Devon Burr, assistant professor of earth and planetary science, has been publishing papers about NASA’s mission to Titan, a moon of Saturn, since 2006.
She will be discussing some of the mission’s findings at the Science Forum on April 19.
The Science Forum is a weekly brown-bag lunch series that allows professors and area scientists to discuss their research with the general public in a conversational presentation.
The weekly presentations begin at noon on Fridays in Room C-D of Thompson-Boling Arena. Attendees can bring lunch or purchase it at the arena. Each presentation is forty minutes long and is followed by a question-and-answer session. Science Forum presentations are free and open to the public.
NASA has been studying Titan, Saturn’s largest satellite, since 2004. Although it is ten times farther from the sun than Earth and about 200 degrees Kelvin colder, Titan’s surface is very similar to Earth’s but composed of very different materials.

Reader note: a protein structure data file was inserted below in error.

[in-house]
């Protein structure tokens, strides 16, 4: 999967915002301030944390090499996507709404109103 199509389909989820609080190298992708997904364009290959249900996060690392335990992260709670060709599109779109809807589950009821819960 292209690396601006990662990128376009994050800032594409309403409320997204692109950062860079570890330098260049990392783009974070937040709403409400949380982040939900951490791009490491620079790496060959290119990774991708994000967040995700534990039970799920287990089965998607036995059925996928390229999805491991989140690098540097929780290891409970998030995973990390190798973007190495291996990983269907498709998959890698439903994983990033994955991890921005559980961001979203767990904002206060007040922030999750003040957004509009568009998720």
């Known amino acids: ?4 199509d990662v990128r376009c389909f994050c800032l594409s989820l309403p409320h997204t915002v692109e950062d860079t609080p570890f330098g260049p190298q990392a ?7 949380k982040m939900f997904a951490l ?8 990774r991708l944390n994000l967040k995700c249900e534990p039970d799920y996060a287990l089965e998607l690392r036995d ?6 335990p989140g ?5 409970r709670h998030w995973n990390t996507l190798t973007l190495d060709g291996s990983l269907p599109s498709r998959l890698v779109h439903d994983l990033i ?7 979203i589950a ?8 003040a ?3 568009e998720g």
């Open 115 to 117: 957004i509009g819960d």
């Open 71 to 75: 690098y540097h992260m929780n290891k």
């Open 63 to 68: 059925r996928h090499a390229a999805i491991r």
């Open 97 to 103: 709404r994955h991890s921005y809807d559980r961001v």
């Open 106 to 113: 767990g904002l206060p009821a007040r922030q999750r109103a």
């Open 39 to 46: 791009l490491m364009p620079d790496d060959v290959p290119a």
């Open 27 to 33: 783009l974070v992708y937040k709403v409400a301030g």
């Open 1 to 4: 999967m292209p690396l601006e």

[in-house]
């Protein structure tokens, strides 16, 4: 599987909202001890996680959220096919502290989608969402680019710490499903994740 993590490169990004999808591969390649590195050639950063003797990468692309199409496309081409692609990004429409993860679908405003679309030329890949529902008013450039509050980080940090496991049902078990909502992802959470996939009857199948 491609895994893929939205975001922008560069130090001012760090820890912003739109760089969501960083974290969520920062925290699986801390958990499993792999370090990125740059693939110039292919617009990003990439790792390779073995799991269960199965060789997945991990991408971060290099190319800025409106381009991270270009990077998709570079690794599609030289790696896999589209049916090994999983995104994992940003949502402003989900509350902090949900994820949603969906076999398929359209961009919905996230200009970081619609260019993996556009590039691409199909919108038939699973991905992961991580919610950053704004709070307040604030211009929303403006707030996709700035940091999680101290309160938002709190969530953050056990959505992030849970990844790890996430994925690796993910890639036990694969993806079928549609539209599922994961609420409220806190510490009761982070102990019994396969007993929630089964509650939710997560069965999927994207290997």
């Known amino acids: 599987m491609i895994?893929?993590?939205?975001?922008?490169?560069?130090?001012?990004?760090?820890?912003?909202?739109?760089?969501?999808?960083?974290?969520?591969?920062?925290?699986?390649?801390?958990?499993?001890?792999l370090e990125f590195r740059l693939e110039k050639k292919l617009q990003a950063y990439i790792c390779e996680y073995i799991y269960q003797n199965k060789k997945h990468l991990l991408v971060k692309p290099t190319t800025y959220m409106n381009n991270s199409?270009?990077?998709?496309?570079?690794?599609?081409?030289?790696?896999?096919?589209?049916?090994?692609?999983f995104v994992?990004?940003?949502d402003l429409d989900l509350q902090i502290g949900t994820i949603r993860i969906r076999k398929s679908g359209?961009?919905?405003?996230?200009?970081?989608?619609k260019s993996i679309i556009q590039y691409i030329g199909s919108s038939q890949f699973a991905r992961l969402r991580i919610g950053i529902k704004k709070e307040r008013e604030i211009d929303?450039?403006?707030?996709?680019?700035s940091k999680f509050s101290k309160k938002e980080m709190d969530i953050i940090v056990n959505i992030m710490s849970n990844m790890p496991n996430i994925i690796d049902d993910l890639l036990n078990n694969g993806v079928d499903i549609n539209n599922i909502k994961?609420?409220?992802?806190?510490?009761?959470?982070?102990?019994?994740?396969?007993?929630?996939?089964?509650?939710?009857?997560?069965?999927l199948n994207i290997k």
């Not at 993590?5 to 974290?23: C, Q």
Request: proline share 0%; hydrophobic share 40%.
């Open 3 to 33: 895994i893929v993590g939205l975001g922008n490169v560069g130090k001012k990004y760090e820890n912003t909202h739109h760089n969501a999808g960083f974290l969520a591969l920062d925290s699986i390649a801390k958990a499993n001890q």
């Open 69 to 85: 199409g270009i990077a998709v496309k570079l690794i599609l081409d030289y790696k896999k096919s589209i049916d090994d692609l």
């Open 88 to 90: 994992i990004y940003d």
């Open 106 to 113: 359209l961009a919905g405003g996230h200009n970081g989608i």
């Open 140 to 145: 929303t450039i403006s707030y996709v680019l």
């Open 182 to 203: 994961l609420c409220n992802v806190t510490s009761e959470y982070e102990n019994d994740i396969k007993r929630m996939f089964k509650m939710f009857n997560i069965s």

Pictures and data from Titan show windblown dunes covering about 20 percent of the moon’s surface. They are similar to sand dunes on Earth but are made of carbon-rich material.
Titan also has many drainage networks, similar to river systems on Earth. Instead of being formed by water, they were formed by liquid hydrocarbon.
Burr studies data after it is released by NASA. She said she is excited about the findings.
“There’s another planetary body—another world—that looks amazingly like Earth, but formed in very different materials,” she said. “It’s really fascinating.”
The last Science Forum presentation of the semester will be April 26 and will feature Joan Markel, curator of Civil War exhibits at the McClung Museum, presenting “Digging into Our Civil War Past.”
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